The Straits Times says

Every child has talents and strengths

The decision to abolish streaming in secondary schools and replace it with a banding system in the next five years, announced in Parliament this week, marks a decisive break with academic orthodoxy in Singapore. By allowing students to study combinations of subjects at different levels of difficulty, secondary education will free them of the academic and social categorisation long associated with negative aspects in the push for educational achievements. The move follows the transition that occurred from the mid-2000s, when the Ministry of Education phased out streaming in primary school over four years. Clearly, the initiative could not have stopped there. Secondary schools would have to come next. This week, the changes, long-anticipated and hoped for, arrived.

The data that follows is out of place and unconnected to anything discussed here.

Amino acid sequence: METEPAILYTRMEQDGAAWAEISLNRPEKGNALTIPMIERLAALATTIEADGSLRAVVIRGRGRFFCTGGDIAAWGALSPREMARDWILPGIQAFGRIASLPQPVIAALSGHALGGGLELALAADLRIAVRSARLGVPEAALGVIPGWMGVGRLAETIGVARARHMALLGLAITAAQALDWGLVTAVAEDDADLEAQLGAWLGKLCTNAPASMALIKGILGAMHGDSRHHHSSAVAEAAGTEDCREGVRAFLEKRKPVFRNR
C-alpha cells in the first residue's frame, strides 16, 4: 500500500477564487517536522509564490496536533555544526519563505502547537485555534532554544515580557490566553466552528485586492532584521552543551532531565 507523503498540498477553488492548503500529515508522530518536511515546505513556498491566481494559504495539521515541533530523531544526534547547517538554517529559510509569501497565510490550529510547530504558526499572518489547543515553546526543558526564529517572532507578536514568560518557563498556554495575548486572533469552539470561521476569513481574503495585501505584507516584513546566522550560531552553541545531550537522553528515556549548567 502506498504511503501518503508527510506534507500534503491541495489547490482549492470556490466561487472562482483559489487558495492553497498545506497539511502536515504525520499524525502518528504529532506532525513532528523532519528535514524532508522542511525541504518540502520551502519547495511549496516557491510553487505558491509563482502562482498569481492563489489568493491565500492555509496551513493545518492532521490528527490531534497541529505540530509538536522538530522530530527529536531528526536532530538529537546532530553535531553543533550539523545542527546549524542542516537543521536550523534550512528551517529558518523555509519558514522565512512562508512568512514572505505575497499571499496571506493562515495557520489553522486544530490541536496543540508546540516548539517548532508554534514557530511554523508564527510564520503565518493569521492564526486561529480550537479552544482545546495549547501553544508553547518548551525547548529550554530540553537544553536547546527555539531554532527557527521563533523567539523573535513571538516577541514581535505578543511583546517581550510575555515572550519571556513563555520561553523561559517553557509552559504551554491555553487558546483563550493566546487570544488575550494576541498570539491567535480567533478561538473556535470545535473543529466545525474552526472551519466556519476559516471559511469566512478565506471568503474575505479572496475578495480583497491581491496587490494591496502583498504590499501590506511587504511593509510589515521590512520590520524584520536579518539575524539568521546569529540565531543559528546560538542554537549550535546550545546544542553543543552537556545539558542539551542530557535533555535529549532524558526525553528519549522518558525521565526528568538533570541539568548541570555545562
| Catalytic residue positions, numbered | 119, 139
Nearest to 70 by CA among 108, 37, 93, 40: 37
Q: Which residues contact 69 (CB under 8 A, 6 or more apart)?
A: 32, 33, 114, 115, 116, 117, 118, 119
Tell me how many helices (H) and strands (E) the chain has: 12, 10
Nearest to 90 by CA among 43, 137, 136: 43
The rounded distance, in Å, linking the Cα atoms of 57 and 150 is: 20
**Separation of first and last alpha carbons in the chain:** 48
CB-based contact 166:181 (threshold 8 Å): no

The country has come a long way since it introduced streaming in schools four decades ago. Then, the bane of the education system was the high drop-out rate. Streaming has produced spectacular results. It has cut school attrition rates from about one-third of every cohort to less than 1 per cent now by customising education to reflect the actual learning rates of students. Unfortunately, streaming had unintended consequences too. Although it is not responsible for social stratification, it nevertheless gave rise to a system in which weaker students assigned to less rigorous streams felt a sense of inferiority that affected their intellectual development and social identity. Some argued that the personal costs of streaming outweighed its collective advantages and harmed a child's overall development.

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A version of this article appeared in the print edition of The Straits Times on March 07, 2019, with the headline 'Every child has talents and strengths'. Print Edition | Subscribe